Cookies on this website

We use cookies to ensure that we give you the best experience on our website. If you click 'Accept all cookies' we'll assume that you are happy to receive all cookies and you won't see this message again. If you click 'Reject all non-essential cookies' only necessary cookies providing core functionality such as security, network management, and accessibility will be enabled. Click 'Find out more' for information on how to change your cookie settings.

Health Inequalities Programme November 2024

Course Date: 06 - 08 November 2024



This short online course will cover theoretical concepts on inequity and inequality in health as well as its measurement. It will also provide an overview of selected available (longitudinal) household survey data and cohort studies that combine socio-economic and demographic variables along with various health measures – these datasets provide good sources for empirical inequality in health research. Overall, the course will combine theory and applied methods using case studies, real-word evidence, and data analysis using Stata. 

Course Aims

For researchers and analysts interested in the measurement of socio-economic inequality in health, including (but not limited to): Ph.D. students, post-doctoral researchers and third sector organisations. 

This is an entry and intermediate-level course so no strong a-priory knowledge in economics or inequalities research is assumed. 


The course is divided into 3 main modules:- 

Module 1: Inequality in health and the concept of health poverty (Prof Guido Erreygers) 

  • Core concepts such as the measurement of inequality in relative and absolute terms;
  • Rank- & level-dependent health inequality measures;
  • Measuring health poverty;
  • Methods to understand health inequalities (e.g. decomposition methods); 

Module 2: Avoidable/unavoidable health inequality (Assistant Professor Apostolos Davillas) 

  • Theoretical considerations on avoidable/unavoidable health inequality;
  • Separating avoidable from unavoidable health inequality – measurement and practical considerations;
  • Fairness and avoidable socio-economic inequality in health – advanced topics on measurement;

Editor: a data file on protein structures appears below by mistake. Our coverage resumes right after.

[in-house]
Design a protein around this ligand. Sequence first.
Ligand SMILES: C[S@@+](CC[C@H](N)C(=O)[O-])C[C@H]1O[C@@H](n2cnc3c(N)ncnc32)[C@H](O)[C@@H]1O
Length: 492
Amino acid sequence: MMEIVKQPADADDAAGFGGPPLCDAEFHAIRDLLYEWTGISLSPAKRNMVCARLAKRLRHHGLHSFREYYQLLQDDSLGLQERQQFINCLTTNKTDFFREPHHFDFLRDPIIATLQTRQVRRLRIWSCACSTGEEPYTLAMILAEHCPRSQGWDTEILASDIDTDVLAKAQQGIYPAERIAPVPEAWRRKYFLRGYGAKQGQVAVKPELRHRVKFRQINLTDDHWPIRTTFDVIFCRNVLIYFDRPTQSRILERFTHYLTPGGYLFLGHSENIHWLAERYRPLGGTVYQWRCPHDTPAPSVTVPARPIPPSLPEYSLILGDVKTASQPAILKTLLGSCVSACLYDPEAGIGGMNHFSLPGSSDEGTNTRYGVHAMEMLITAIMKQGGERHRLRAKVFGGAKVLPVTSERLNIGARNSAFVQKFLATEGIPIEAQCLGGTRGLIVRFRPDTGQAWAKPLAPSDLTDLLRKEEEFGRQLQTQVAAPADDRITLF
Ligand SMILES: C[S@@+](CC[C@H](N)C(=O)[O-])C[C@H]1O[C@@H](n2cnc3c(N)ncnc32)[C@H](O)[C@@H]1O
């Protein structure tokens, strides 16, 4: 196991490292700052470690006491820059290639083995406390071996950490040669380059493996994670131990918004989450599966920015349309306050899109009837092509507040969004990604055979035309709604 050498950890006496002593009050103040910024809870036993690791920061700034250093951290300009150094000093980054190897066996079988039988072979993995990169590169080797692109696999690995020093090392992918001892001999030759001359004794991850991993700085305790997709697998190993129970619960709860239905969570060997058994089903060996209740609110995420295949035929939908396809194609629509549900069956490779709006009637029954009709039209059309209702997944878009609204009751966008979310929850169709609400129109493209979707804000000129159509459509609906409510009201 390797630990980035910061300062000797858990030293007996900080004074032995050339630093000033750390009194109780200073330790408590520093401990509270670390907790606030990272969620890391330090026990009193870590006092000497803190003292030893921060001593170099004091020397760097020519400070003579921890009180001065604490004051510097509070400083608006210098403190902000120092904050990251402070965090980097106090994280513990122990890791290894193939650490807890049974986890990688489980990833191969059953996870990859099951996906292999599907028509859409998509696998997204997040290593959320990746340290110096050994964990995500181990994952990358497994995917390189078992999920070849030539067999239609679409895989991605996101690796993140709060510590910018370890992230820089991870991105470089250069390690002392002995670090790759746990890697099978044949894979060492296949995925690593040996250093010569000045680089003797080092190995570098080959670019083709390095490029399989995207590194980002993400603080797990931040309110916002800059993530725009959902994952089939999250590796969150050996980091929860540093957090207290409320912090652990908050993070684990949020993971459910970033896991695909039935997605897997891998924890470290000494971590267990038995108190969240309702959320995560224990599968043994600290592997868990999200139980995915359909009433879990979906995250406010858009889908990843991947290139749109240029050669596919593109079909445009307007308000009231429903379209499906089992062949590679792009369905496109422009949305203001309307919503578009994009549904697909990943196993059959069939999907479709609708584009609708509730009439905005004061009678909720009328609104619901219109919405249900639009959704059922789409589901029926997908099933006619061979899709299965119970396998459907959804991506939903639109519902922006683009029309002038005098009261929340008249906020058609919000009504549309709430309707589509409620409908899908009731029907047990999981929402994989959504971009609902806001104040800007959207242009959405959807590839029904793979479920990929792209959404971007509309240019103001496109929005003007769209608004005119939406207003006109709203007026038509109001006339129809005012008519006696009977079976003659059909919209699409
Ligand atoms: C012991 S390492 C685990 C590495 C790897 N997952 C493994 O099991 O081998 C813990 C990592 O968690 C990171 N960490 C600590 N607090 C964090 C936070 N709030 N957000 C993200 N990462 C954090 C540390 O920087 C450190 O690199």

• Real-world evidence and empirical examples; 

Module 3: Measuring health inequality in practice (Prof Philip Clarke) 

  • Types of inequality comparisons (i.e. cross-section, comparisons across time and over every long periods of time
  • Defining research questions and sources of data
  • Estimating inequalities in practice including issues with the measurement of socio-economic status and health
  • Reporting of health inequality studies 

Modules will be delivered live, synchronously using online platforms with the lecturer to go over both theoretical issues and practical exercises as well as provide several opportunities for questions. 

Access to the online course materials, exercises, and other supporting documents will be provided two weeks in advance of the live sessions.

The language of the course is English. 

A certificate of participation will be provided (electronically) post-course


Professor Guido ErreygersProfessor Guido Erreygers is Professor of Economics at the University of Antwerp and visiting researcher at the University of Melbourne. He obtained his PhD from the University of Paris X – Nanterre. In recent years his main fields of research were history of economic thought, linear production models, and measurement of socioeconomic inequality of health. He has published widely in international journals such as History of Political Economy, European Journal of the History of Economic Thought, Journal of Health Economics, Journal of Economic Inequality, etc. He has edited or co-edited seven books, among which The Origins of Universal Grants. An Anthology of Historical Writings on Basic Capital and Basic Income (with John Cunliffe, 2004), and The Analysis of Linear Economic Systems: Father Maurice Potron’s Pioneering Works (with Christian Bidard, 2010). His research on health economics is focused on the measurement and analysis of socioeconomic inequality of health.

 Dr. Apostolos DavillasDr. Apostolos Davillas is an applied economist with a strong interest in micro-econometric techniques to conduct research in health economics, the economics of wellbeing, public economics, and behavioral economics. His research covers a range of topics such as the determinants of health, health care demand, utilization of health services, and the relevant public costs, as well as the economics of risky behaviors. Part of his research also focuses on the survey measurement of health, particularly the role of measurement error in existing (health) economics research. His research has been published in the Journal of Health Economics, Health Economics, Journal of Economic Behavior & Organization, Energy Economics, Economics Letters, Review of Income and Wealth, Social Science & Medicine, Economics & Human Biology, and in high-impact interdisciplinary journals. 

Professor Philip ClarkeProfessor Philip Clarke is Professor of Health Economics and Director of the Health Economics Research Centre (HERC) at the University of Oxford. Before HERC he held previous appointments at the Universities of Sydney and Melbourne in Australia. He is a Fellow of the Academy of the Social Sciences in Australia (ASSA). His research interests include developing methods to value the benefits of improving access to health care, the measurement of health inequalities and the use of simulation models in health economic evaluation. His research has been published in the Journal of Health Economics, Health Economics, Social Science and Medicine as well as Journal of Economic Perspectives and the Review of Economics and Statistics. He has been involved in empirical studies in a wide range of general and medical journals including PNAS, JAMA and the Lancet and the New England Journal of Medicine.

For further information - please email